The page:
TEST EVERY COW

What is it with those kooky South Koreans? Thousands of them have rushed into the streets in angry protest against – get this – beef imported from the U.S. Are they just nuts? Or, do they know something we don’t?

What is it with those kooky South Koreans? Thousands of them have rushed into the streets in angry protest against – get this – beef imported from the U.S. Are they just nuts? Or, do they know something we don’t?

"Two wrongs don't make a right, but three left turns do." --Jim Hightower

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South Koreans want none of our steaks and burgers on their plates, because of worries that America’s industrialized beef supply comes with a fatal dose of mad cow disease. So, since President Lee Myung-bak issued an edict in April to lift his country’s ban on U.S. beef imports, mass protests have nearly toppled his government.

He hastily renegotiated a watered-down deal with the U.S., but the protesters have kept demanding his ouster, so he has now resorted to a police crackdown on them. Still, Korean supermarkets and restaurants are refusing to sell American beef, and even the McDonald’s branches there are advertising that their burgers are made from Australian beef.

The irony here is that American officials could easily assure the Korean people that our beef is free of mad cow disease by conducting a cheap and simple test on every cow that goes to slaughter. Europe and Japan already do this, thus certifying that their cattle are free of the deadly disease. But our own agriculture department refuses to allow such tests, instead arrogantly demanding that our international customers simply trust that every ounce of American beef is safe. Eat it and shut up, seems to be America’s marketing plan.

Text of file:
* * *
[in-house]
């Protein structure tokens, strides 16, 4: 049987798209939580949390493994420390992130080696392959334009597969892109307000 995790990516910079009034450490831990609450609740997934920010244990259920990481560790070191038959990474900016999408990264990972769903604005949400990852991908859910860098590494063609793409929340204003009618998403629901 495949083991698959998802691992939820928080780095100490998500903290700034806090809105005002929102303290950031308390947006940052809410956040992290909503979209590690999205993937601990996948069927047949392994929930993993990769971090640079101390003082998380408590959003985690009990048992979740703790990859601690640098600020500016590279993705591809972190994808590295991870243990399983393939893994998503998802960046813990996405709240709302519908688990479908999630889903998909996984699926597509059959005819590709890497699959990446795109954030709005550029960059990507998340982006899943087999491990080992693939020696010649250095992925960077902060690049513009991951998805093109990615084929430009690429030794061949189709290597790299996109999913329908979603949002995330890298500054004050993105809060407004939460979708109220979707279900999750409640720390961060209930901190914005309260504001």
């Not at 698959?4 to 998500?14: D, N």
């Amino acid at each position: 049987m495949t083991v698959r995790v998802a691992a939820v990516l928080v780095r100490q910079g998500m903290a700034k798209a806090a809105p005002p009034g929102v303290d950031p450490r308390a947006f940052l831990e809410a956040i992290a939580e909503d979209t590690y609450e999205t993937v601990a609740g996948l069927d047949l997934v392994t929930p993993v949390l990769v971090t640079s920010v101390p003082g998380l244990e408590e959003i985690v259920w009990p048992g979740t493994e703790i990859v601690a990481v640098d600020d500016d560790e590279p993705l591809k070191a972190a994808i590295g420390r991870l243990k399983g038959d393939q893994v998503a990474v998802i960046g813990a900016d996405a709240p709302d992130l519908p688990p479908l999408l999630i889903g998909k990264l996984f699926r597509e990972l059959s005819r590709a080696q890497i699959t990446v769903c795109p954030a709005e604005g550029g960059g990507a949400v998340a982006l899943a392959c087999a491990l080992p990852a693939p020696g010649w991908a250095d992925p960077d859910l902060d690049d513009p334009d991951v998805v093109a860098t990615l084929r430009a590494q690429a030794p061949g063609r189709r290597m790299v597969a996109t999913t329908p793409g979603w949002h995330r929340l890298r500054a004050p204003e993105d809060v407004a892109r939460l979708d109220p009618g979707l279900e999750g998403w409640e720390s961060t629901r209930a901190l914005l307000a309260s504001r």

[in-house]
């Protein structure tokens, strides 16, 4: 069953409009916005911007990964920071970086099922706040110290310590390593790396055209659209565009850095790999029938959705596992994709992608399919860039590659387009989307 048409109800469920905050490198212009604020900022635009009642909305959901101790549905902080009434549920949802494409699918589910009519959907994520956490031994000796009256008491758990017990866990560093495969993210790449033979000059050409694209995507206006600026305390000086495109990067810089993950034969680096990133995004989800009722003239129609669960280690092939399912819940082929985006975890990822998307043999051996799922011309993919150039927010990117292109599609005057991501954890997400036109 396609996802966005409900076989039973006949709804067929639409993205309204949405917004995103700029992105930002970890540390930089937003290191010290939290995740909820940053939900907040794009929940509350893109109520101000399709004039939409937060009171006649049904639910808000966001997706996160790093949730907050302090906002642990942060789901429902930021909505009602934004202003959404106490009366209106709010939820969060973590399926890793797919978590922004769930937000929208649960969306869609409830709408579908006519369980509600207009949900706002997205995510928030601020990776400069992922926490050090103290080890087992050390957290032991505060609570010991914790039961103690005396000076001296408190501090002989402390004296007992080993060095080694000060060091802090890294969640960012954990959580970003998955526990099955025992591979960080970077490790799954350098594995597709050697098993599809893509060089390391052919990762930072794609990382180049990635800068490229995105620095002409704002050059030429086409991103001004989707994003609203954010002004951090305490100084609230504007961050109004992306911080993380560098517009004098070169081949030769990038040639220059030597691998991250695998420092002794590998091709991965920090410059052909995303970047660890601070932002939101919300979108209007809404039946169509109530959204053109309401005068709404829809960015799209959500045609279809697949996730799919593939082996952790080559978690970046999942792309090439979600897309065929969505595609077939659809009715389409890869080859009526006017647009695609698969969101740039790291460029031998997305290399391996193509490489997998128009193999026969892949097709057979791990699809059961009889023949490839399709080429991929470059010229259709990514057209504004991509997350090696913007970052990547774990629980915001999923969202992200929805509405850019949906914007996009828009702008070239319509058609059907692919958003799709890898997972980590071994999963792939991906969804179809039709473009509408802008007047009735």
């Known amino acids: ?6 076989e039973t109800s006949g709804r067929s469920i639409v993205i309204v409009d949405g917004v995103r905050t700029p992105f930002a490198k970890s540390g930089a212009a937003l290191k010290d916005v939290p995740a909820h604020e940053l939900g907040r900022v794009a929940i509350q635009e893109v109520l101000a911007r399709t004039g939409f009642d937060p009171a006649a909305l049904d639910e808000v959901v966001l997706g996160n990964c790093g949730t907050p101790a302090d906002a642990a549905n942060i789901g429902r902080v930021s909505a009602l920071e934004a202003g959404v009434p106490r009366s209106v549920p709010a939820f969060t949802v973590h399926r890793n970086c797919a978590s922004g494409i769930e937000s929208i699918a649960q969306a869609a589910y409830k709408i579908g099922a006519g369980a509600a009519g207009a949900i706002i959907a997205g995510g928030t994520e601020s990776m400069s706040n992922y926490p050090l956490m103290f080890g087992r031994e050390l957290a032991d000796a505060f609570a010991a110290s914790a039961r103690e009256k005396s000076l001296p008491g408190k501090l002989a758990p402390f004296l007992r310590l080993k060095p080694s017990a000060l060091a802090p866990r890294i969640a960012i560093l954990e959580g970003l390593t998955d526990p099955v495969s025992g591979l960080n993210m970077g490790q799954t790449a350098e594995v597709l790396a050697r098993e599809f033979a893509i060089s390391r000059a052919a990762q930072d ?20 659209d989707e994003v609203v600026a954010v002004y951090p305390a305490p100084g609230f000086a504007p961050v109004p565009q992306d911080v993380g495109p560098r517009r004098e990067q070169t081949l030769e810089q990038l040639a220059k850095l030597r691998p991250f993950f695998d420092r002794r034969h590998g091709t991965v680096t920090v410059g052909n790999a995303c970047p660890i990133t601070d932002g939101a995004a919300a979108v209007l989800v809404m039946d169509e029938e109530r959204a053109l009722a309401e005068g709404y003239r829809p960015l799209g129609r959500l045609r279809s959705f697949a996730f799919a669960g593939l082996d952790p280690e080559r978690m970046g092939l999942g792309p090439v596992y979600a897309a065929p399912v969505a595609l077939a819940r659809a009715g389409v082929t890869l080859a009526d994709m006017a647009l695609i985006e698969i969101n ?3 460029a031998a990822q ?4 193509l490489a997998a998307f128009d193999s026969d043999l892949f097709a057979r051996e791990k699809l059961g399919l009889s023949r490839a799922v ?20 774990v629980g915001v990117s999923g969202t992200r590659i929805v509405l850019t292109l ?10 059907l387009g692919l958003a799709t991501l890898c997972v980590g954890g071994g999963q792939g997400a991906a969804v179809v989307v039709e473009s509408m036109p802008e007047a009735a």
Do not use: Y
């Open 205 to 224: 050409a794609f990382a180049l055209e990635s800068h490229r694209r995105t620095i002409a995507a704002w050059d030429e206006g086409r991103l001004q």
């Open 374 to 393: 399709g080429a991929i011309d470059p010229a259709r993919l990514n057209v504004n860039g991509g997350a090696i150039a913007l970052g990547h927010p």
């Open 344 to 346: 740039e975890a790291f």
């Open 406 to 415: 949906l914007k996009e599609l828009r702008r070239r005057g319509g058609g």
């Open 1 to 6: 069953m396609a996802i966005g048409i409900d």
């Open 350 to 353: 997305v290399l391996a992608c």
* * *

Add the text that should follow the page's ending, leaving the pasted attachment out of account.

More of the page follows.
One reason ag officials won’t test is that they’re afraid they’ll find a much bigger mad cow problem than they tell us exists. In Europe, for example, instead of finding only a couple of diseased cattle, testing revealed more than 1,100 cases of mad cow in seemingly healthy cattle that had been approved for slaughter.

It’s not Korean consumers who are crazy – it’s our own public officials.

“Stop the Madness,” The New York Times, June 20, 2008.

“South Korea Cracks Down on Protesters,” www.nytimes.com , July 1, 2008.

“US beef returns to S Korean shops,” www,ukpress.google.com, July 1, 2008.

“South Korean Priests Lead Peaceful Anti-Government Beef Protest,” www.bloomberg.com, July 1, 2008.

“South Koreans Inspecting Stored U.S. Beef,” www.farmfutures.com, June 30, 2008

“Beef tops bombs on Rice visit to South Korea,” http://www.businessweek.com, June 28, 2008.

“Battling the bastards is about as much fun as you can have with your clothes on.”

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